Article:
A group of Teamster organizers outside of another company.
A group of Teamster organizers outside of another company.

Alberta’s labour board choked off a union organizing campaign at a food-processing facility hit by a workplace fatality.

By Bernie Haggarty, Secretary-Treasurer, Teamsters Local Union 362

Picture this.

You work at a food-processing facility. The pay doesn’t keep up with the cost of living, and working conditions lag behind those at other sites. The bosses aren’t particularly kind with staff, and ongoing safety issues at the company have you worried.  

You and your colleagues decide it’s time to start thinking about a union. You reach out to your nearest Teamsters local, speak with organizers, and start signing union cards.

And before you know it, your campaign takes off! More co-workers join in, and feeling the pressure, management even starts making concessions and gives workers more time off.

And then, the unthinkable happens.

A well-liked colleague is trapped inside an industrial meat smoker. Someone turns the machine on by accident and a human being – your colleague – is cooked to death.

This may sound like a story from a movie, another era, or something that happens in other countries, but alas, this happened last year, in Edmonton, Alberta.

The incident sends the union campaign into overdrive. More and more coworkers realize the benefits of having a union. You finally have enough support to petition the Alberta Labour Relations Board for a vote on unionization. At last, a union is within reach!

Except, you live in Alberta.

Enter the Board

Alberta is notorious for having the most anti-worker and anti-union laws in Canada. It is the worst place to try to exercise your labour rights. It did not get this way by accident; years of corporate lobbying in the province twisted the system to suit the needs of bosses, not working families.

On paper, things are simple enough: get 40% of the workers to sign a union card, and the government holds a unionization vote. In practice, however, the regulations put delays and roadblocks at every step of the way.

At our food processing plant in Edmonton, the Alberta Labour Relations Board didn’t like that the Teamsters collected workers’ signatures electronically. They rejected the union’s petition, signed by well over 40% of employees, because nobody was physically present to witness the electronic signatures.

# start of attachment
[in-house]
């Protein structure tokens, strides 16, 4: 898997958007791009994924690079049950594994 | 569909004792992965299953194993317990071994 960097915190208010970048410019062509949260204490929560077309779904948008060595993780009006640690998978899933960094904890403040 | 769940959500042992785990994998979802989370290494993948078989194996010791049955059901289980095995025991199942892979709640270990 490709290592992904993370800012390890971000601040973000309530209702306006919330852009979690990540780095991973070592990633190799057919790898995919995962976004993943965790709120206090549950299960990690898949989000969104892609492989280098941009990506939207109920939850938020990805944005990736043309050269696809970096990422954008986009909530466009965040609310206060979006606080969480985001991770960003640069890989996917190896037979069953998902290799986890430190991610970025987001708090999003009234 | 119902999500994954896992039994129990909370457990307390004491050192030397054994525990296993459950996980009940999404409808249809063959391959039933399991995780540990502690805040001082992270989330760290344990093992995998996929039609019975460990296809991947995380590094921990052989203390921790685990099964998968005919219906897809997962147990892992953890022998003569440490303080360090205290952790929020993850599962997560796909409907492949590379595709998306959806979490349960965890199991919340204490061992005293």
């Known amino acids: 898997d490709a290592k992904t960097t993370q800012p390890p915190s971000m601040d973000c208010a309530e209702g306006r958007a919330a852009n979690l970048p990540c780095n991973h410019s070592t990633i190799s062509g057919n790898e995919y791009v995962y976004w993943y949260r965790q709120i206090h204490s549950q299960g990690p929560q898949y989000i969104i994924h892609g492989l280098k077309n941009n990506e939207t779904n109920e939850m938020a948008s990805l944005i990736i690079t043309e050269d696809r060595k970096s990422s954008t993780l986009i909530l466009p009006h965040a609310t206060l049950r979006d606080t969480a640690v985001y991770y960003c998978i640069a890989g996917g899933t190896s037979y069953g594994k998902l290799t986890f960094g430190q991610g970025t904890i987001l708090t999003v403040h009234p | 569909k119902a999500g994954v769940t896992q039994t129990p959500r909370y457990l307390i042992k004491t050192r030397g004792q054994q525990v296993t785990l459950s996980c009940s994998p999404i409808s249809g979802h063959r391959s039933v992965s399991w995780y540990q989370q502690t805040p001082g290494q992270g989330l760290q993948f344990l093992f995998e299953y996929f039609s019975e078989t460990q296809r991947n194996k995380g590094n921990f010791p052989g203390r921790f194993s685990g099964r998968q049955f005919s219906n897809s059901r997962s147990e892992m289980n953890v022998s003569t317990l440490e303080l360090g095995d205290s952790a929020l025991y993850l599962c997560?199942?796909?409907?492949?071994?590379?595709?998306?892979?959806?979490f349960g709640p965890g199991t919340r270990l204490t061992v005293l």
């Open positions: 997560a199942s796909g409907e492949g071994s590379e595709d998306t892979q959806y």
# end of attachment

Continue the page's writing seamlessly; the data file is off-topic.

It’s an absurd argument, in a world where electronic signatures are commonplace, and where people can sign contracts by checking a box on a website. Electronic card signing is already an accepted practice across the country, and had even been accepted in Alberta on at least seven prior occasions.

Teamsters Local Union 362 immediately filed a legal challenge.

In any other province, a vote would have been ordered and the ballots sealed, and the appeal would have been heard in a matter of weeks. But in Alberta, the system is biased against unions and working people. It took months before the Teamsters could make their case and workers could cast their ballots.

Months of delays slowly drained the organizing drive’s momentum. The company used the delays to meet with workers to change their minds. Other employees would leave the workplace for other jobs. New hires would be brought on, further changing the make-up of the workplace.

Eight months later, the case was eventually heard, and a vote was finally ordered. But the damage was done. The union went on to lose, but by only 12 votes.

Albertans Deserve Better

Unions, at their core, want to help workers earn better wages, improve their working conditions, enjoy safer and healthier work, and generally improve life in the workplace and in our communities.

Nobody should oppose unions – except, perhaps, corporate executives who choose profits over safety. While fighting for their fair share, employees should not have to battle an institution that is supposed to be impartial.

In Alberta, the system is stacked against workers, with a labour board that actively takes sides. It’s time for Alberta to re-examine its labour laws and make them easier – not harder – for workers to join a union.